Sometimes, it’s not about the how-to’s of writing, but the how-to’s of believing.
What are some of your favorite (encouraging) quotes about writing?
Some quotes via our tumblr:
You will always be too much of something for someone: too big, too loud, too soft, too edgy. If you round out your edges, you lose your edge. — Danielle LaPorte
Don’t bend; don’t water it down; don’t try to make it logical; don’t edit your own soul according to the fashion. Rather, follow your most intense obsessions mercilessly. — Franz Kafka
The artist is always beginning. Any work of art which is not a beginning, an invention, a discovery is of little worth. — Ezra Pound
You might not write well every day, but you can always edit a bad page. You can’t edit a blank page. — Jodi Picoult
Writing, at its best, is a lonely life. Organizations for writers palliate the writer’s loneliness but I doubt if they improve his writing. He grows in public stature as he sheds his loneliness and often his work deteriorates. For he does his work alone and if he is a good enough writer he must face eternity, or the lack of it, each day. — Ernest Hemingway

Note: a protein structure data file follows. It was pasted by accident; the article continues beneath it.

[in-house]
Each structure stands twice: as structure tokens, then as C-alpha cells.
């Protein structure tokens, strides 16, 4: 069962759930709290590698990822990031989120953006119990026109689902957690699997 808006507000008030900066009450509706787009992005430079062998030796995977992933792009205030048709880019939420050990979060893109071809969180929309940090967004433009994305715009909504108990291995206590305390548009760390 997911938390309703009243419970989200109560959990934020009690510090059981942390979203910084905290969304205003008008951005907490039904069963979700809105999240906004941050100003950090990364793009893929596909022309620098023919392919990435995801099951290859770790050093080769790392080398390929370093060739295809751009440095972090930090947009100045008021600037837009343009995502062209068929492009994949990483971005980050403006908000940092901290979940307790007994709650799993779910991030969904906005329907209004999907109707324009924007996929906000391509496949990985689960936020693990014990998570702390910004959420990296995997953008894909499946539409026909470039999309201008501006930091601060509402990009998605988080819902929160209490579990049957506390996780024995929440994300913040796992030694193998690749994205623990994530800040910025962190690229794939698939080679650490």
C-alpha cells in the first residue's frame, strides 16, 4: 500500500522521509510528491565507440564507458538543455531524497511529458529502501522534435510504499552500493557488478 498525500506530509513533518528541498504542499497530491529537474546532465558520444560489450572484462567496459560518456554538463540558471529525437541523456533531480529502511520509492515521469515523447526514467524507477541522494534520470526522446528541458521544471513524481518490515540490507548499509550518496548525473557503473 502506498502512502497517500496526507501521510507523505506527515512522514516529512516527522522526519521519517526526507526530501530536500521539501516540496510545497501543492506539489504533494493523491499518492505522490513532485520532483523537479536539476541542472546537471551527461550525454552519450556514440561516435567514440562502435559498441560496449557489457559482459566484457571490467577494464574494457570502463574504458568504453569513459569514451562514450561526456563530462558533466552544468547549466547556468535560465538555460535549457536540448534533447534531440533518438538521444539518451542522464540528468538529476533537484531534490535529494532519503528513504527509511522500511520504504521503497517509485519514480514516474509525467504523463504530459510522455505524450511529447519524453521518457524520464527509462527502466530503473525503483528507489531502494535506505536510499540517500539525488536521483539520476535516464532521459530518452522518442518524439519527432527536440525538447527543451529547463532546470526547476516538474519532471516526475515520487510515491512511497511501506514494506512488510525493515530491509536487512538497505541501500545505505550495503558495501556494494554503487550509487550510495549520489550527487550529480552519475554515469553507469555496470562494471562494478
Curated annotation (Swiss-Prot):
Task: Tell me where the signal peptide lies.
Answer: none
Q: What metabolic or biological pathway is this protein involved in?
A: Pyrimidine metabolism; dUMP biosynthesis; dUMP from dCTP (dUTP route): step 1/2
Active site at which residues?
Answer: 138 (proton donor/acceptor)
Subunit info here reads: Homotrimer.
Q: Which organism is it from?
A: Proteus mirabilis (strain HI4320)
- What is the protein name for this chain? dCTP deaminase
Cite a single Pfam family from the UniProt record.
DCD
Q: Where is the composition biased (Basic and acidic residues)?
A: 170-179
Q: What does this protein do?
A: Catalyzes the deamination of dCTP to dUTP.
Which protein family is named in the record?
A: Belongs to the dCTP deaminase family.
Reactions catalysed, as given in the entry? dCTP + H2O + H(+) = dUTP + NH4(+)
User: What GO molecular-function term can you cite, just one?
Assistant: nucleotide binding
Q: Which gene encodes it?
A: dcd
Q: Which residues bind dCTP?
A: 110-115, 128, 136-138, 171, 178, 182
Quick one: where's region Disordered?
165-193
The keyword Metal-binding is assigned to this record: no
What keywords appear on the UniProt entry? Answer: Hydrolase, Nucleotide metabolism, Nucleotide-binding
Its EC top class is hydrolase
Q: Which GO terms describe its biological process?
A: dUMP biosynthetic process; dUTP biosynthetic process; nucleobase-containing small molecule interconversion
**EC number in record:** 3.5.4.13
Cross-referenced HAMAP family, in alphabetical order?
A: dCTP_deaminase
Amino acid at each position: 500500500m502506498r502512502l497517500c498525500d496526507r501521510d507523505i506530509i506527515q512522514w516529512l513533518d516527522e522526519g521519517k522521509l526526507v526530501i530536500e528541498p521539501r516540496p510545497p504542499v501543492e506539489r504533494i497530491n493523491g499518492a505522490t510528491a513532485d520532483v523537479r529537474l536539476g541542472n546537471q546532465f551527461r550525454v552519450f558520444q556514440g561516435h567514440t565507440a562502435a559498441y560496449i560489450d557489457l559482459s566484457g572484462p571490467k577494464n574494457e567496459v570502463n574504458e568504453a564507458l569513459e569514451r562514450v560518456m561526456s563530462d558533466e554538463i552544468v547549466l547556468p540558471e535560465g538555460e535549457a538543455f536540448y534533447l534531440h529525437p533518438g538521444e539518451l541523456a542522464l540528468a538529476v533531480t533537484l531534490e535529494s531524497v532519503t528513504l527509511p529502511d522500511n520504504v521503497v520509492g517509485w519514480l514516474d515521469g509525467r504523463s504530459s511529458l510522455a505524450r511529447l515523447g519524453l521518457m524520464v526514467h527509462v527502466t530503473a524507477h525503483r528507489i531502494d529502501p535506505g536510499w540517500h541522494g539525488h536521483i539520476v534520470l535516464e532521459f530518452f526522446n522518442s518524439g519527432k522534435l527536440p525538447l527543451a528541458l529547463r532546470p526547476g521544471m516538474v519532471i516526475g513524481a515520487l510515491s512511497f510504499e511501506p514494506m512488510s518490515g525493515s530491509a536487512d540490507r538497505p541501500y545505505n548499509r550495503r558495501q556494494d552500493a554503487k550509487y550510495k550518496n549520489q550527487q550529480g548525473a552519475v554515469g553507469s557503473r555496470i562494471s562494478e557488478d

Passion is passion. It’s a sort of madness and possession of what you do or what you think. This is the difference of life: passion and commerce, which most of the people know as “P.C.” But people have just got “C” now instead of “P.” The only people that come to my mind in the last two years are Lee McQueen and John Galliano. Truly, truly … How do I say? Full of ideas. Full of the smell. They just had this incredible passion for what they did… — Manolo Blahnik
The role of the writer is not to say what we can all say, but what we are unable to say. — Anaïs Nin
The work of writing brings replenishment even to the writer dealing with painful subjects or working out formal problems, and there are times when suffering’s only open path is through an immersion in what is. The eighteenth century Urdu poet Ghalib described the principle this way: “For the raindrop, joy is in entering the river—/Unbearable pain becomes its own cure.”
Difficulty then, whether of life or of craft, is not a hindrance to an artist. Sartre called genius “not a gift, but the way a person invents in desperate circumstances.” … Great art, we might say, is thought that has been concentrated in just this way: honed and shaped by a silky attention brought to bear on the recalcitrant matter of earth and of life. We seek in art the elusive intensity by which it knows. — Jane Hirshfield
Show up, show up, show up, and after a while the muse shows up, too. — Isabel Allende